In India, then comprised of a vast majority of rural population, people of different faiths were so deeply and strongly blended and intermingled, that it was difficult to distinguish a person of one faith from one of another. The Muslim peasantry of the then Delhi province almost looked Hindu in their appearance and way of life. The Hindu population in West Punjab lived as good neighbours. Every Muslim village has its mosque, acknowledged the Shariat and solemnized marriages according to their rights of the holy Quran, yet Brahmins were frequently employed for purposes of arranging betrothals. Both the communities were closely knit and drawn towards each other. They lived and enjoyed life in peace except when there was a rare instance of cow killing.
In society, mainly comprising of Hindus, Muslims and Sikhs, was very peaceful, and relation harmonious. On political side also, as in the social life, a remarkable communal homogeneity and harmony prevailed. Disputes between members of different communities were settled amicably through the institution of the Panchayat in the villages.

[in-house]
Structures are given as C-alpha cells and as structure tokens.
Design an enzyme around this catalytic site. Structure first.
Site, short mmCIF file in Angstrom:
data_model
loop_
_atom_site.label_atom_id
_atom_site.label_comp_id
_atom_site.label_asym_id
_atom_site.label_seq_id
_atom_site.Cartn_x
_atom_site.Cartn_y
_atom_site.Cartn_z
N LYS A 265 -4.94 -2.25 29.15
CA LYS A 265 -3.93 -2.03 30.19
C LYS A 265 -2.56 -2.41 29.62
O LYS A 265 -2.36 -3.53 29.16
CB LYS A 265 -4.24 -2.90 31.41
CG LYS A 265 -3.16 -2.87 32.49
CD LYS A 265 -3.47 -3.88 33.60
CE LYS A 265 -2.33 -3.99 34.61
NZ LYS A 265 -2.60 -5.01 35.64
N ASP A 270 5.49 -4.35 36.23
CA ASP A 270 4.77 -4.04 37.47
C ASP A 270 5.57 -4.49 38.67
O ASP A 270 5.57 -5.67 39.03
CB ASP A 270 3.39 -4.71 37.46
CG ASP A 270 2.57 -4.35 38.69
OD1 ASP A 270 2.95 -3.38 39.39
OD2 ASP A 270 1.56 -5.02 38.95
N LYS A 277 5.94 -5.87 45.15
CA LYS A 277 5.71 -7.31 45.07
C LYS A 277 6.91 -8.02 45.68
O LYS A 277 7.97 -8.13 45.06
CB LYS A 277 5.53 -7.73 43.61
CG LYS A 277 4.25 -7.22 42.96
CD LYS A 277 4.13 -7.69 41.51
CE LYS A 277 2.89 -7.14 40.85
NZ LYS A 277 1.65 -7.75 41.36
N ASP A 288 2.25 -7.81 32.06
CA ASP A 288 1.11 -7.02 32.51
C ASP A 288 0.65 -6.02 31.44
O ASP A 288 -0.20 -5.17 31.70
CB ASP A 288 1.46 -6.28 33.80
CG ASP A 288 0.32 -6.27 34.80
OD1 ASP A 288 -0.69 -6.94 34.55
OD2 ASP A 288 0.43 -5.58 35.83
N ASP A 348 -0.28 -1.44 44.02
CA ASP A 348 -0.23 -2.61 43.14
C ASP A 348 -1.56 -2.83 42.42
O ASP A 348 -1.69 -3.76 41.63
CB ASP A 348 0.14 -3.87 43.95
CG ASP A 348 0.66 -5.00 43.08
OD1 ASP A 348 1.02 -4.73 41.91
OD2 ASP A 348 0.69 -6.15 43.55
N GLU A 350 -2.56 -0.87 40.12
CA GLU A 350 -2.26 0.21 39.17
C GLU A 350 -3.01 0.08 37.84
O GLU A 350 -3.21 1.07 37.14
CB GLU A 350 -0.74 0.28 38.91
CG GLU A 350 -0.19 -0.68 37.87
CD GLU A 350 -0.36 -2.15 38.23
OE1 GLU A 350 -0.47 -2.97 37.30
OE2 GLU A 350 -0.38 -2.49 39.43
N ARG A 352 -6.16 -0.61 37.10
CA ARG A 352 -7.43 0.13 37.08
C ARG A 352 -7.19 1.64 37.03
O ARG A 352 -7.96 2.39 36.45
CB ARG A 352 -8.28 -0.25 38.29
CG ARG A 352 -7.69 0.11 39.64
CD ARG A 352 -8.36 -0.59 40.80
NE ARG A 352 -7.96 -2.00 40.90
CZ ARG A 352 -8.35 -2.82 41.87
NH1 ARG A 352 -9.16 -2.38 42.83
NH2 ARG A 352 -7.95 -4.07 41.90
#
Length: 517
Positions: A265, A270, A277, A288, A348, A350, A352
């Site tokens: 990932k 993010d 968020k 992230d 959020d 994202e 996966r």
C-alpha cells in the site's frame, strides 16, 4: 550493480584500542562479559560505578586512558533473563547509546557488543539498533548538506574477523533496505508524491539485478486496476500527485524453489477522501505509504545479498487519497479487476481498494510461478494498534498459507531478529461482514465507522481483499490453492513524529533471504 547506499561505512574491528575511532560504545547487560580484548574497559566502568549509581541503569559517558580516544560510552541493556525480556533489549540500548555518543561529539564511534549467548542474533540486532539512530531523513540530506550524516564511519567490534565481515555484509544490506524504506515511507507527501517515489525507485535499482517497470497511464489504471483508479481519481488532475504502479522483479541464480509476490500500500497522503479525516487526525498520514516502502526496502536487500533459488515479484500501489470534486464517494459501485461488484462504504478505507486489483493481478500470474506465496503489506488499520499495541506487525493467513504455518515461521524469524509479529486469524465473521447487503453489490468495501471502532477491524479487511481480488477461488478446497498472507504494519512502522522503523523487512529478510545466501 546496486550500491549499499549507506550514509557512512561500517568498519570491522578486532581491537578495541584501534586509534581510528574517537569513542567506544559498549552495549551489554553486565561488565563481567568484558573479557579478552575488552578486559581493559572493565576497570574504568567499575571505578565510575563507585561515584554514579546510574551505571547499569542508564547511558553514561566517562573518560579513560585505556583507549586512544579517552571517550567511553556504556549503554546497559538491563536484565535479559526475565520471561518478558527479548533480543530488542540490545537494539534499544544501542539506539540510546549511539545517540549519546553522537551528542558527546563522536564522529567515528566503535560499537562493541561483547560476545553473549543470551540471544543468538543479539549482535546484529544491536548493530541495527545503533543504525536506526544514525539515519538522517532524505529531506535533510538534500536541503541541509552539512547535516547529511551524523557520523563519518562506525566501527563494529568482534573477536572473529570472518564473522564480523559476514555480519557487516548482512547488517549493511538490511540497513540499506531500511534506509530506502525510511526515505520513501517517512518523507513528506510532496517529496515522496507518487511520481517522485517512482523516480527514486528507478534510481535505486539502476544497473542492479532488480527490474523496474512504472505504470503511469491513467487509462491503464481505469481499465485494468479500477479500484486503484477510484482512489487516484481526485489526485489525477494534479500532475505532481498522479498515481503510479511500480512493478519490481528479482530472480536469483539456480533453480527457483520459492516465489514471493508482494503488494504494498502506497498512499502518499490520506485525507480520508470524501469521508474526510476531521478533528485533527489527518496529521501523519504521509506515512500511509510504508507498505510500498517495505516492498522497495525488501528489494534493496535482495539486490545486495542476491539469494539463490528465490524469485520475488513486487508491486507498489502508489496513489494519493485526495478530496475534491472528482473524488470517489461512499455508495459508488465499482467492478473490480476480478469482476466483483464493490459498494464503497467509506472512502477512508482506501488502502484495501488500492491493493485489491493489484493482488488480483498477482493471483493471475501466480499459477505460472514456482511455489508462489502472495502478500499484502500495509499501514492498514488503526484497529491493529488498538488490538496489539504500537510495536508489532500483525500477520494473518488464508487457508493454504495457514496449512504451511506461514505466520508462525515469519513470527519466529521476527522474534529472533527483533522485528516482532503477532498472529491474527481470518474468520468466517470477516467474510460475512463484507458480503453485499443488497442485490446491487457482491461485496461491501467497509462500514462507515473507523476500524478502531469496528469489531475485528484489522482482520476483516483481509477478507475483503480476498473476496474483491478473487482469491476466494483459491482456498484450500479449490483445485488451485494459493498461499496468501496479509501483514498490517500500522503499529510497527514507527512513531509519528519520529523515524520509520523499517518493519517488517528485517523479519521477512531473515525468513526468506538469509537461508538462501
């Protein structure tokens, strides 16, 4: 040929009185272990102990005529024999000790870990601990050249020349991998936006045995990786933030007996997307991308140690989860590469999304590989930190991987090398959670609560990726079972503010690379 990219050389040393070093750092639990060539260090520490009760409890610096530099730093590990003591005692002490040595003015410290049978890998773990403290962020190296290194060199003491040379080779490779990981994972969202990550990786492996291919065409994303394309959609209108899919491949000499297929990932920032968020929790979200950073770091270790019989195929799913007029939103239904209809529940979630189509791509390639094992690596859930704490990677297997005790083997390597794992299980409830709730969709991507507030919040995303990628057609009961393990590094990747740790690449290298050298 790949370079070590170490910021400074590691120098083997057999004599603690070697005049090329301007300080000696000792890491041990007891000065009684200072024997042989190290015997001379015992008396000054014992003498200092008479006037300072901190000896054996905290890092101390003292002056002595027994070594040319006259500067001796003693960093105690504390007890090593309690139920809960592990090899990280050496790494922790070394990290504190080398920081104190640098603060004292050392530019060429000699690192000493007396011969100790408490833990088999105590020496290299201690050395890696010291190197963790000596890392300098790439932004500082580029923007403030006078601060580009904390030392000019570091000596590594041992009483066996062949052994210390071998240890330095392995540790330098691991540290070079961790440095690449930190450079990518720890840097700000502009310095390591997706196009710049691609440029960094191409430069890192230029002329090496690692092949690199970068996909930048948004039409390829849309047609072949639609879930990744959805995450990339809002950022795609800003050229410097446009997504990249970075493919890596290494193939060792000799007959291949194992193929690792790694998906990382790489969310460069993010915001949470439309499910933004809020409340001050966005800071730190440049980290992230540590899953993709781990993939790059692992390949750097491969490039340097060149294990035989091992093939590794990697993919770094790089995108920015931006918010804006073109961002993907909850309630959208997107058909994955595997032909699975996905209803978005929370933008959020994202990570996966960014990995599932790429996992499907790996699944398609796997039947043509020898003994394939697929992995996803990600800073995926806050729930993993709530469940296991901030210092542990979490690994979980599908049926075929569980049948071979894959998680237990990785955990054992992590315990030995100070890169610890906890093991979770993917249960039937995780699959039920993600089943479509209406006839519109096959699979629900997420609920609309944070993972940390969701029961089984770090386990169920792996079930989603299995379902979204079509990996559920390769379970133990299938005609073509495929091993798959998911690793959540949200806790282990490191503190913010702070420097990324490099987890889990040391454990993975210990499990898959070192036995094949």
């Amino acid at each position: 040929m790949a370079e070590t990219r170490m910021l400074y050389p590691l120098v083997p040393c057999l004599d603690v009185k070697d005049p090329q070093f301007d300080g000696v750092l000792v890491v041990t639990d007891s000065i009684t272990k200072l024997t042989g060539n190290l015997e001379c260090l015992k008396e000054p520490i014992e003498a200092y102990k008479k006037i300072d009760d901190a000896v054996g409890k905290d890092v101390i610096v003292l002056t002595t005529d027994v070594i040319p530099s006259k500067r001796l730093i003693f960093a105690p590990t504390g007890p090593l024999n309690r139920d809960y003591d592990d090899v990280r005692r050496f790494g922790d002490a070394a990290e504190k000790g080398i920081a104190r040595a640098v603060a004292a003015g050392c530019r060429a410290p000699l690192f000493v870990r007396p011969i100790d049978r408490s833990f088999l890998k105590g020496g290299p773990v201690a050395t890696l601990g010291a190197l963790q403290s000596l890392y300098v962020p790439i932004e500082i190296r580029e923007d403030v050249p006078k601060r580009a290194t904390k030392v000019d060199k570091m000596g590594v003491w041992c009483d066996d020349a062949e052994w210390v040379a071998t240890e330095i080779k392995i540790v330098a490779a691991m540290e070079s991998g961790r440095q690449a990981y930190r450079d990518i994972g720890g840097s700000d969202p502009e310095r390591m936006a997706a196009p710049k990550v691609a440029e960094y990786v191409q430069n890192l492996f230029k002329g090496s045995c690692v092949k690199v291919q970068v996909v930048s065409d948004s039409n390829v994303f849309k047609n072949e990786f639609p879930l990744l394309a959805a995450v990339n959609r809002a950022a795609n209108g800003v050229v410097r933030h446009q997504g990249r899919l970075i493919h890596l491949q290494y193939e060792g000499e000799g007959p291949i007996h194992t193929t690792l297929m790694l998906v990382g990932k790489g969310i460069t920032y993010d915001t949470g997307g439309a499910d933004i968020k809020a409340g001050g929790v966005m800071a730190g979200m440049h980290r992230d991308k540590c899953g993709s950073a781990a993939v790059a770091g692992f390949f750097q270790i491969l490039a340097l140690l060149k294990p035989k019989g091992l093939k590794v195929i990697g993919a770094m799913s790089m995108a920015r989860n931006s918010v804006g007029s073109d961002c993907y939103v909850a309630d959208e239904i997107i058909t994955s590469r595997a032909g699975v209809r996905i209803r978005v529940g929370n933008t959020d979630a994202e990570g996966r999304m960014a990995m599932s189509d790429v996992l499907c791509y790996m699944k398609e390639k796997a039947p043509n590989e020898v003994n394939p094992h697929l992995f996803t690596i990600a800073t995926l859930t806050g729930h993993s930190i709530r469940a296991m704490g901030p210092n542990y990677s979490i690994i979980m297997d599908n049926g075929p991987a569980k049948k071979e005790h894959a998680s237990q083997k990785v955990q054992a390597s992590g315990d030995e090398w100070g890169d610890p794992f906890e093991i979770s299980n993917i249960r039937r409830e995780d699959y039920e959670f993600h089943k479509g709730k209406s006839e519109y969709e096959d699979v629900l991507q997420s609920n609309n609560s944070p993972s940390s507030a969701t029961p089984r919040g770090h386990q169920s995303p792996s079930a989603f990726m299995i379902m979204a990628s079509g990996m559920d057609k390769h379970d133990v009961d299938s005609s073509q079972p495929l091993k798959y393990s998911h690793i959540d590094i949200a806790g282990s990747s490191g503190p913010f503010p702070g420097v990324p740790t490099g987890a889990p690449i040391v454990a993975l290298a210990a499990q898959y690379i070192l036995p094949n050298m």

The Sikhs, who in the struggle for freedom, had suffered severely at the hands of the Mughals and Afghani invaders, in spite of all this, Maharaja Ranjit Singh, a Sikh ruler, was above all communal prejudices. He appointed as his foreign minister, Azizuddin, a Muslim and several generals in his army, and provincial governors under him were Muslims.
The seeds of communal strife in India were first sowed by the British as part of the ‘divide and rule’ policy which they adopted to secure a stronghold over the country. It was the British who instigated the Muslim leaders for a demand of a separate state based on religious lines, after independence. Even Mohammad Ali Jinnah, a member of the National Congress who had struggled for India’s independence and was initially a nationalist Muslim leader, fell prey to their instigations and went on to become one of the foremost votaries of Partition. His famous words “Two nations. Confronting each other. In every province. Every town. Every Village. That is the only solution”, signify the extent of the rift which the Britishers had created in the nation.